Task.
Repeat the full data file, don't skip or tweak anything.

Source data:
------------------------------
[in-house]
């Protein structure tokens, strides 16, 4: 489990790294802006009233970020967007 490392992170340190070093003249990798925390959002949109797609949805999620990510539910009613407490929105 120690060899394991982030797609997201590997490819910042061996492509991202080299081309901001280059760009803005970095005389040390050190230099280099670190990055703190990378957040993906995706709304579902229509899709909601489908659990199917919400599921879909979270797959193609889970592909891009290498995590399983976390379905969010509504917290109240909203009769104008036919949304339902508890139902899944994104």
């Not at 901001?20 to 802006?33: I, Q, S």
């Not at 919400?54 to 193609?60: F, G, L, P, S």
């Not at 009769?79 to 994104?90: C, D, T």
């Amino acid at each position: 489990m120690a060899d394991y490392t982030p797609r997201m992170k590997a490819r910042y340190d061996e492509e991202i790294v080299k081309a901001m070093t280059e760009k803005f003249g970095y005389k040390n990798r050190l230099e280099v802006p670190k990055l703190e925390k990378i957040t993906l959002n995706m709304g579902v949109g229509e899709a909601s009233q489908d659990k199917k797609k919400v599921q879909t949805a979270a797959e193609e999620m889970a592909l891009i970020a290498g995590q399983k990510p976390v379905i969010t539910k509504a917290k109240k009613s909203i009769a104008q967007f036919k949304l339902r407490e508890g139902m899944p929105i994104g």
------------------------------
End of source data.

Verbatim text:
[in-house]
């Protein structure tokens, strides 16, 4: 489990790294802006009233970020967007 490392992170340190070093003249990798925390959002949109797609949805999620990510539910009613407490929105 120690060899394991982030797609997201590997490819910042061996492509991202080299081309901001280059760009803005970095005389040390050190230099280099670190990055703190990378957040993906995706709304579902229509899709909601489908659990199917919400599921879909979270797959193609889970592909891009290498995590399983976390379905969010509504917290109240909203009769104008036919949304339902508890139902899944994104």
């Not at 901001?20 to 802006?33: I, Q, S």
């Not at 919400?54 to 193609?60: F, G, L, P, S």
């Not at 009769?79 to 994104?90: C, D, T």
């Amino acid at each position: 489990m120690a060899d394991y490392t982030p797609r997201m992170k590997a490819r910042y340190d061996e492509e991202i790294v080299k081309a901001m070093t280059e760009k803005f003249g970095y005389k040390n990798r050190l230099e280099v802006p670190k990055l703190e925390k990378i957040t993906l959002n995706m709304g579902v949109g229509e899709a909601s009233q489908d659990k199917k797609k919400v599921q879909t949805a979270a797959e193609e999620m889970a592909l891009i970020a290498g995590q399983k990510p976390v379905i969010t539910k509504a917290k109240k009613s909203i009769a104008q967007f036919k949304l339902r407490e508890g139902m899944p929105i994104g």